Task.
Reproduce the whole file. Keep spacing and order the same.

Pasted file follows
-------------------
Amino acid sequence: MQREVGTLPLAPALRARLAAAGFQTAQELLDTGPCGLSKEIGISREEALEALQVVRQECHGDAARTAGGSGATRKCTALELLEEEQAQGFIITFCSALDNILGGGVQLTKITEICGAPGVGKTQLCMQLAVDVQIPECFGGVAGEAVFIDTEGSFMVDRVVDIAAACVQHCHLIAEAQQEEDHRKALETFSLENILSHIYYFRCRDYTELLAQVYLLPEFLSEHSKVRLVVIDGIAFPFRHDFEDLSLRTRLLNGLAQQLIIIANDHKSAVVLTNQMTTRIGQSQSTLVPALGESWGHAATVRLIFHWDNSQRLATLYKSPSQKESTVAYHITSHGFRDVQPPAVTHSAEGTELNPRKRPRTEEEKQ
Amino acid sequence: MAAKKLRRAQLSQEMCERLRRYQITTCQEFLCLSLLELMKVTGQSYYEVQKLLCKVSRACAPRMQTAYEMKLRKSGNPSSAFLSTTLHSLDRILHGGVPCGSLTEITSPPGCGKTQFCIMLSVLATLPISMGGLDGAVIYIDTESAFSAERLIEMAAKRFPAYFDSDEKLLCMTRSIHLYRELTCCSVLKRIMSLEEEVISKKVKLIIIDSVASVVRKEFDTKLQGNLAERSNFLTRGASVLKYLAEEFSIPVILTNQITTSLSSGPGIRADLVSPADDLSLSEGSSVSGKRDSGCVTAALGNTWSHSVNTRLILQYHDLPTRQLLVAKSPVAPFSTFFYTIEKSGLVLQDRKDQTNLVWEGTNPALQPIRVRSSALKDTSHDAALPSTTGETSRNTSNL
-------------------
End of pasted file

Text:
Amino acid sequence: MQREVGTLPLAPALRARLAAAGFQTAQELLDTGPCGLSKEIGISREEALEALQVVRQECHGDAARTAGGSGATRKCTALELLEEEQAQGFIITFCSALDNILGGGVQLTKITEICGAPGVGKTQLCMQLAVDVQIPECFGGVAGEAVFIDTEGSFMVDRVVDIAAACVQHCHLIAEAQQEEDHRKALETFSLENILSHIYYFRCRDYTELLAQVYLLPEFLSEHSKVRLVVIDGIAFPFRHDFEDLSLRTRLLNGLAQQLIIIANDHKSAVVLTNQMTTRIGQSQSTLVPALGESWGHAATVRLIFHWDNSQRLATLYKSPSQKESTVAYHITSHGFRDVQPPAVTHSAEGTELNPRKRPRTEEEKQ
Amino acid sequence: MAAKKLRRAQLSQEMCERLRRYQITTCQEFLCLSLLELMKVTGQSYYEVQKLLCKVSRACAPRMQTAYEMKLRKSGNPSSAFLSTTLHSLDRILHGGVPCGSLTEITSPPGCGKTQFCIMLSVLATLPISMGGLDGAVIYIDTESAFSAERLIEMAAKRFPAYFDSDEKLLCMTRSIHLYRELTCCSVLKRIMSLEEEVISKKVKLIIIDSVASVVRKEFDTKLQGNLAERSNFLTRGASVLKYLAEEFSIPVILTNQITTSLSSGPGIRADLVSPADDLSLSEGSSVSGKRDSGCVTAALGNTWSHSVNTRLILQYHDLPTRQLLVAKSPVAPFSTFFYTIEKSGLVLQDRKDQTNLVWEGTNPALQPIRVRSSALKDTSHDAALPSTTGETSRNTSNL